The UN Security Council has approved the creation of an international court to try suspects in the murder of former Lebanese Prime Minister Rafik Hariri.
Hariri's killing sparked protests that pressured Syria to leave Lebanon
The resolution was adopted by 10 votes to zero, with five abstentions from Russia, China, South Africa, Indonesia and Qatar.
The court's creation is the subject of intense political debate in Lebanon.
Mr Hariri and 22 others were killed in a massive car bomb in the capital, Beirut, on 14 February 2005.
Lebanon now has until 10 June to ratify the proposal, otherwise the Security Council may independently authorise a tribunal, as it did in Rwanda and the former Yugoslavia.
A UN investigation after the killing implicated Syria and Lebanese security forces in the attack, although Syria strongly denies any involvement.
Four pro-Syrian Lebanese generals have been under arrest for more than a year, accused of involvement.
Following the vote, Syria reiterated its stance that the special court violated Lebanese sovereignty and could plunge Lebanon into further instability.
"Definitely this is something that goes against the interests of the Lebanese people and Lebanon as a whole," the country's UN ambassador Bashar Jaafari said.
The issue of the tribunal has caused deep divisions in Lebanon
Lebanese Prime Minister Fouad Siniora welcomed the vote.
"The ratification of the international tribunal does not, and should not, be considered as a victory for one party over another Lebanese party. It is not a victory for one group over another. It is a victory for Lebanon, and for all the Lebanese," he said.
Saad Hariri, the son of the assassinated politician, said the tribunal was a turning point for the country and "an opportunity for all Lebanese to unite".
Speaking live on Lebanese television, he said the time had come for justice.
Russia's UN Ambassador Vitaly Churkin said the resolution was "essentially an encroachment upon the sovereignty of Lebanon".
China's UN Ambassador Wang Guangya warned that only a tribunal supported by all Lebanese factions could be effective.
NEXT STEPS FOR TRIBUNAL
Lebanon must ratify tribunal by 10 June, or UN could push ahead regardless
May take about a year to establish court
Tribunal to be held in undetermined neutral location
Syria has threatened not to co-operate with the tribunal
The council's move "will give rise to a series of political and legal problems, likely to add to the uncertainties embedded in the already turbulent political and security and situation in Lebanon," he said.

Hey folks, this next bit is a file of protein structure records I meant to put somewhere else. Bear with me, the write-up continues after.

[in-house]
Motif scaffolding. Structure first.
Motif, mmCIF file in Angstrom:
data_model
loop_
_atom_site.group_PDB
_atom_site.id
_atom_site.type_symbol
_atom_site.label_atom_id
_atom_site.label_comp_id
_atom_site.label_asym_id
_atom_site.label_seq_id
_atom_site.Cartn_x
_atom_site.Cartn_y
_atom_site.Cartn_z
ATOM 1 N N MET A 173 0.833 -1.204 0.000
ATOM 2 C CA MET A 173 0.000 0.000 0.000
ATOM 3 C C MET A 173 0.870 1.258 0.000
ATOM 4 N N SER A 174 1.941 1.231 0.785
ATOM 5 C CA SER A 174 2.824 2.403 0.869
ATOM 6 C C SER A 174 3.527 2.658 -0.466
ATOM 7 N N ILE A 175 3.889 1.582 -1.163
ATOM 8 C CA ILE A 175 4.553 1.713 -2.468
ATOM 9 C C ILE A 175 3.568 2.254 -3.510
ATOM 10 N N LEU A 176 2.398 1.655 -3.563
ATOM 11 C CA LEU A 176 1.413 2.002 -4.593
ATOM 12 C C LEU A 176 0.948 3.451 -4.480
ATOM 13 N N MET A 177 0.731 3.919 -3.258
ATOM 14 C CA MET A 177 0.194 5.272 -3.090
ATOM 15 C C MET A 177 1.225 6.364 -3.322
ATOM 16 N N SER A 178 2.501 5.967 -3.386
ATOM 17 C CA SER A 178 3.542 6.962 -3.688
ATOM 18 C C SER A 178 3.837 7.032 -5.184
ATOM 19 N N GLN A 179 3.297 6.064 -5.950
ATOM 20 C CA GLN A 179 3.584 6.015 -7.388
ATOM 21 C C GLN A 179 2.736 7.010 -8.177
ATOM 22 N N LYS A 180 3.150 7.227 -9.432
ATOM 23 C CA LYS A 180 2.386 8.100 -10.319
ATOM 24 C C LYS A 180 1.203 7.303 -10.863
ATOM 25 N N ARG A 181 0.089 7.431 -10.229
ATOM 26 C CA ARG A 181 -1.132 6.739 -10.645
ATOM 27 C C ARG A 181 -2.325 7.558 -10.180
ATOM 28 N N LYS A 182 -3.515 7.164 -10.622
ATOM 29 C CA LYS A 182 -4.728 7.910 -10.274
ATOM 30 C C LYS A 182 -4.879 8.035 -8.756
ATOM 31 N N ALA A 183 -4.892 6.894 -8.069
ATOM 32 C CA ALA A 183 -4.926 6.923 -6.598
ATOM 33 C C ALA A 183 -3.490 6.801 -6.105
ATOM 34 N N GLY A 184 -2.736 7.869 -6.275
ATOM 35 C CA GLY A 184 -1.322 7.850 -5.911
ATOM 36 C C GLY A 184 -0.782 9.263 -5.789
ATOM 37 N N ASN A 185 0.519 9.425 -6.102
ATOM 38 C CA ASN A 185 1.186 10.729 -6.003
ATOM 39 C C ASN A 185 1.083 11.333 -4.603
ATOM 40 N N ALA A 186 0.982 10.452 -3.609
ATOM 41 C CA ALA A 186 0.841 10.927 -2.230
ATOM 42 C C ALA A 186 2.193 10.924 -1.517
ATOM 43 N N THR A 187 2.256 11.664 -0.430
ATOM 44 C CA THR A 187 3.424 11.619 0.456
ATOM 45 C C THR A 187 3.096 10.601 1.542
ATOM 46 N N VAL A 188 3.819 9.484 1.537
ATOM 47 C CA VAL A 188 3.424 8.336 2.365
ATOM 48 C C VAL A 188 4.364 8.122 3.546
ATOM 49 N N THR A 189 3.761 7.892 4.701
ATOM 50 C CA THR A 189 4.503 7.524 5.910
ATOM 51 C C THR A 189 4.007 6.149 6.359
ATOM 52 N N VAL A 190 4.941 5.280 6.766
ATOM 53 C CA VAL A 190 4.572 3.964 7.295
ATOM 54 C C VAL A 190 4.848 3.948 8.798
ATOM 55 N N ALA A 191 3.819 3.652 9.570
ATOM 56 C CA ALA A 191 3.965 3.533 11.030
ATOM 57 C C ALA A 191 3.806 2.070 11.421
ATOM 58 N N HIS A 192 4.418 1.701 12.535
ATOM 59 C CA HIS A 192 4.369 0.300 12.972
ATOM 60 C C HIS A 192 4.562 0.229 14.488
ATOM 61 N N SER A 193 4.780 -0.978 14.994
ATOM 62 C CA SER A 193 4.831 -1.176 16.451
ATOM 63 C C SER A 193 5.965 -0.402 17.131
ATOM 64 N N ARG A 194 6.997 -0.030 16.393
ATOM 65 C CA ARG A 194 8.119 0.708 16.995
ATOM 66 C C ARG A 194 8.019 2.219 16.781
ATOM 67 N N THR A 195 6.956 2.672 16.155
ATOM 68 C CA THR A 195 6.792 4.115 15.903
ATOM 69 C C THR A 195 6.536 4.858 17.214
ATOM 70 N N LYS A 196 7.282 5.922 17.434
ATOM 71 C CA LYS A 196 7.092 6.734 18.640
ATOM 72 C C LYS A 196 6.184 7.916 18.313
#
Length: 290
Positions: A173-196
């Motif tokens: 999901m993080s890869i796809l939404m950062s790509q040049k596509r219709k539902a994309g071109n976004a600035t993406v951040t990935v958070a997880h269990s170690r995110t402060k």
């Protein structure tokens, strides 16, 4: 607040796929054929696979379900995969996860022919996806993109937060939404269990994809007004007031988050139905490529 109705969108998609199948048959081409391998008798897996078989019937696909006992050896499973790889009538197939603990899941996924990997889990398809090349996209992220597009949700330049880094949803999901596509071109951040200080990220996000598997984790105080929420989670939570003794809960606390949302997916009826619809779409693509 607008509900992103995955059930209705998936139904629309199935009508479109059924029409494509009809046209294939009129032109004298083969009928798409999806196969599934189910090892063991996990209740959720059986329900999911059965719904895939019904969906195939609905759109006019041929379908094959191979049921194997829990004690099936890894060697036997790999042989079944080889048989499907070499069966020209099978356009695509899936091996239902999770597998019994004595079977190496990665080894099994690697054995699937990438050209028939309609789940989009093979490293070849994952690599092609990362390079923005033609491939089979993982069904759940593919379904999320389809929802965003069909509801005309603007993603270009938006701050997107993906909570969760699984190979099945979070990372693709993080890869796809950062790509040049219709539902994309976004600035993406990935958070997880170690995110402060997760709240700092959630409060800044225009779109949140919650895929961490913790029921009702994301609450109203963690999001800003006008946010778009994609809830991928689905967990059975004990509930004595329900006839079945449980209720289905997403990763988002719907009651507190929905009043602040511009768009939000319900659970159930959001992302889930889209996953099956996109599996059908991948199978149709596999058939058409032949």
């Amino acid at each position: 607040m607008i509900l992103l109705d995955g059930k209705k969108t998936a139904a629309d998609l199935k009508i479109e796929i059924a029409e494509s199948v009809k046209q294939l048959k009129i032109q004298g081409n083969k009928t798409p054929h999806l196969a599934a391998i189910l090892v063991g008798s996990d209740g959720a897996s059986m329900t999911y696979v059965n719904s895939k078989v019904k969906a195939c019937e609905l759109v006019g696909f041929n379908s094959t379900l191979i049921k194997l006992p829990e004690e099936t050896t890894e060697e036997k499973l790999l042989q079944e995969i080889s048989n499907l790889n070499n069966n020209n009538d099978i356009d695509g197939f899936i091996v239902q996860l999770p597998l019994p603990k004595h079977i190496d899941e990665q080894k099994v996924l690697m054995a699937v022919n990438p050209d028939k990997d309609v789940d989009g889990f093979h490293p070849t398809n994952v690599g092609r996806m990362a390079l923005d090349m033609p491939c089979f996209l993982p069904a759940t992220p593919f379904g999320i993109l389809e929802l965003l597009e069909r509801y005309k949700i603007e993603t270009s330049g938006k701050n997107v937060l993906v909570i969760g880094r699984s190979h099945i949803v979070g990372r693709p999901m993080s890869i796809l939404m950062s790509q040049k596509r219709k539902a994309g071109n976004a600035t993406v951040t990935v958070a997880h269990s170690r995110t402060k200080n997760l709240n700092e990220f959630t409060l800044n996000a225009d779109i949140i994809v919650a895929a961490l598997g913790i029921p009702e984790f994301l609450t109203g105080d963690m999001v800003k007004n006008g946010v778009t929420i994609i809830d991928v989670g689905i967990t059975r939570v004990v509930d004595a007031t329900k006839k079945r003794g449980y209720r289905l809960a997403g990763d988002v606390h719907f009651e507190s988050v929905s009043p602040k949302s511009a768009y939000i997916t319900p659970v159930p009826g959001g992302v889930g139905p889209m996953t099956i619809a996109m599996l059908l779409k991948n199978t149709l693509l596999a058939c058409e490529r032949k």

There is a hope here that it will end a long, sad history of unpunished political assassinations, says the BBC's Kim Ghattas in Beirut.
People are on edge after a series of bomb attacks last week and an ongoing bloody standoff in northern Lebanon between the army and militants from the Fatah al-Islam group, our correspondent says.
However, the Security Council was divided on the issue.
The abstaining countries argued that the situation in Lebanon was so fragile that the Security Council should not be imposing the tribunal on the country.
The US, UK and France argued that political assassination should not go unpunished, and that the Lebanese government had asked the Council to act.
There was also an argument about why the court was being set up under Chapter VII of the UN Charter, meaning it could ultimately be enforced by military action.
Chapter VII was used to justify the 2003 invasion of Iraq. However, the US and its allies argued that only Chapter VII resolutions were legally enforceable.
Syrian President Bashar Assad has said any Syrian suspects would be tried in Syria and he would not release them to a tribunal.
An interim UN investigation found Mr Hariri's killing was "probably" politically motivated and has implicated Syria, but Damascus has denied any involvement in his death.
In 2005, Syria withdrew its troops from Lebanon after a presence of 29 years, following massive domestic and international pressure after the assassination of Mr Hariri.